As in most American sports leagues, the NFL does not have a relegation rule. So basically any team can play a season no matter how unsuccessful, they will be allowed to play again next season. In addition to that there is a salary cap that limits the wages to be paid to players and new players can be obtained in a draft system. This combination results in more variety as in the long run basically any well managed team may have to opportunity to become a title contender.
Actually only 5 teams never appeared in the big final, the Superbowl, during the 43 years of its existence, with 17 different teams winning it. Just compare this to e.g. some of the big European soccer leagues like Spain, where over the same 43 years period Real Madrid and FC Barcelona won a combined 31 titles (and only 5 other teams shared the remaining 12 trophies), or the England Premier League, where meanwhile the “Big Four” (Arsenal, Chelsea, Liverpool FC and Manchester United) also won 31 titles.
One central phenomenon created by this system is called “rebuilding”.
When you had a successful team that reached its performance peak and some of the key players end their career, in most cases it is not possible to extend the success by simply replacing these players with some other players of the same strength, as these other players are either not available at all, too expensive to fit into the salary regulations or as they would force you to change your game system, which would take quite some time anyway.
Therefore most teams try to completely rebuild a new team, bringing in young, talented, inexpensive players and develop them into top players, creating a great team.
Many companies today are facing the same issue. They had a very successful period over the last years, but now a lot of key managers are about to retire. Should they bring in experienced managers from elsewhere or “rebuild” – that means recruit young talent and develop it.
Interestingly enough, the reasoning is not too far off the NFL: Experienced personnel is not always available, quite expensive and does not always fit with the company style and culture (“game system”). Young graduates are cheaper and, more importantly, bring in fresh talent, dynamic and will that can be used to really create a convincing team on the long run.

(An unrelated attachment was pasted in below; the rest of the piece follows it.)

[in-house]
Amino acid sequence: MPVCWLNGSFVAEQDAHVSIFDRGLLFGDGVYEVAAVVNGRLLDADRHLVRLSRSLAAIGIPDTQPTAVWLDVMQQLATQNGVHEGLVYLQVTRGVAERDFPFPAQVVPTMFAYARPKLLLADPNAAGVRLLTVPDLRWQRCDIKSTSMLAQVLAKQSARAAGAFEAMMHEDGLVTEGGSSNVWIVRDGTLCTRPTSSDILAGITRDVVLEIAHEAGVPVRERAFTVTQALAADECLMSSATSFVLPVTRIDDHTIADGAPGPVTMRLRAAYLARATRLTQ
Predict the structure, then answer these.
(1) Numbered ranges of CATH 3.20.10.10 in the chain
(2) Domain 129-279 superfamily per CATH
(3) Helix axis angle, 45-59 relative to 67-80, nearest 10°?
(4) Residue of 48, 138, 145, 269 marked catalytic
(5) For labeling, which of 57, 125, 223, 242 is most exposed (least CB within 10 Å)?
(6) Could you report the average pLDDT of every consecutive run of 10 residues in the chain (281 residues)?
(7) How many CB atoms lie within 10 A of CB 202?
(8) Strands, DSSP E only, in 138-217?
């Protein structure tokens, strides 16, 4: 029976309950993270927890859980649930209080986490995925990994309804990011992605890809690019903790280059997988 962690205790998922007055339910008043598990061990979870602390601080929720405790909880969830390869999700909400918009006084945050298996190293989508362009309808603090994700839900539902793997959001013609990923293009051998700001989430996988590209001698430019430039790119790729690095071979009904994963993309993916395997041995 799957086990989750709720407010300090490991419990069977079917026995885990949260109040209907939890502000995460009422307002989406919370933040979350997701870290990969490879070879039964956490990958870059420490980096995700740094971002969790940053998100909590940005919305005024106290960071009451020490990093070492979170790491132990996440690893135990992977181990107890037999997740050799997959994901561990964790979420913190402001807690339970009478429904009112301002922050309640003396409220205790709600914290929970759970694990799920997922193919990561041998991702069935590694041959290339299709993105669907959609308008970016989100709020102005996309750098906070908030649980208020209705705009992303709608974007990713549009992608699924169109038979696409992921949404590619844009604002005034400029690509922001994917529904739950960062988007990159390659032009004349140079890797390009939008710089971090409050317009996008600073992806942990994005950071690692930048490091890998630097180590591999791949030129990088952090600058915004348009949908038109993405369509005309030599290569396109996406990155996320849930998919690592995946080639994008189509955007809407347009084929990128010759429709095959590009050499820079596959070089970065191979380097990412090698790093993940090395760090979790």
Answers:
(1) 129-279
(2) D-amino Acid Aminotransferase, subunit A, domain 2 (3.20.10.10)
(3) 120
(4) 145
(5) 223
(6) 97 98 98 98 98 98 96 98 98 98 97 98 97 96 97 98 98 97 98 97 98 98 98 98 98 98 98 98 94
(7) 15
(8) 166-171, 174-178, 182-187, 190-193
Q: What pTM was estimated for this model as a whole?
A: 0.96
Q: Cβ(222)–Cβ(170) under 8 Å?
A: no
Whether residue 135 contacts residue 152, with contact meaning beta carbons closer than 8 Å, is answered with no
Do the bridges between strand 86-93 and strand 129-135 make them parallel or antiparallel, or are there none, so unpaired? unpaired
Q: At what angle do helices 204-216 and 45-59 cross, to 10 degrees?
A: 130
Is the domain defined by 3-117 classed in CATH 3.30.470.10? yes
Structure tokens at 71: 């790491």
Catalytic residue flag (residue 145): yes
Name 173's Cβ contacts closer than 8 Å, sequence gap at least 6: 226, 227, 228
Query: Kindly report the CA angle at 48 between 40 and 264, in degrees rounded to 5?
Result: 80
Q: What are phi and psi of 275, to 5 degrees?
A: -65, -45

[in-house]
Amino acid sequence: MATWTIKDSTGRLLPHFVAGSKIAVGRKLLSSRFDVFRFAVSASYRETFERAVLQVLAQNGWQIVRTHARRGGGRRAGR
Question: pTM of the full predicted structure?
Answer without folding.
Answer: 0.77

Sounds easy in theory, but there are some twists to it:
First you have to pick the right people: Those that really have a good potential, which is not always obvious, making it a huge challenge. Then you have to convince them that they can have future success in your team. Finally you have to put up the right development measures.
How to do it? Maybe we can learn from the NFL teams again. Some are extremely successful in rebuilding. The Indianapolis (formerly Baltimore) Colts for example were an at best mediocre team for much of the late 1970s, 80s and 90s until they started making the right picks, like bringing in Peyton Manning as a quarterback in 1998. Since then they made it to the playoff 10 times, winning the Superbowl in 2006. On the other hand, Detroit won their last title in 1957 and failed to rebuild a strong team ever since (some fans even sell T-Shirts saying “Detroit Lions – rebuilding since 1957” to mock them, see since57.com). Four days ago they finished the 2009 season with 14 losses in 16 games.
What’s the difference and how to do it right?
First, commitment to the “young” strategy is required. Some in Detroit question the owner’s commitment in general, which is not a good starting point.
Second, you have to make the best people find the best people. Indianapolis only took off after they brought in Bill Polian, one of the most successful team managers and the guy who drafted Manning and other key stars like Edgerrin James.
Third, give them time. Polian’s first season ended with 3 wins and 13 losses. However, one year later the Colts created the biggest NFL turnaround ever at the time, finishing with 13 wins in 16 matches.
Fourth, be prepared to spend some money on your HR organization as it will pay. Many successful NFL organizations have some of the greatest experts in charge of the personnel, like Bill Parcells, the Executive VP of Football Operations at the Miami Dolphins, who won two Superbowls as a head coach. That will also convince young people that they will be entering an organization with potential to become successful.
And fifth and final: Have some luck with making the right picks.
In that sense: Good luck to you!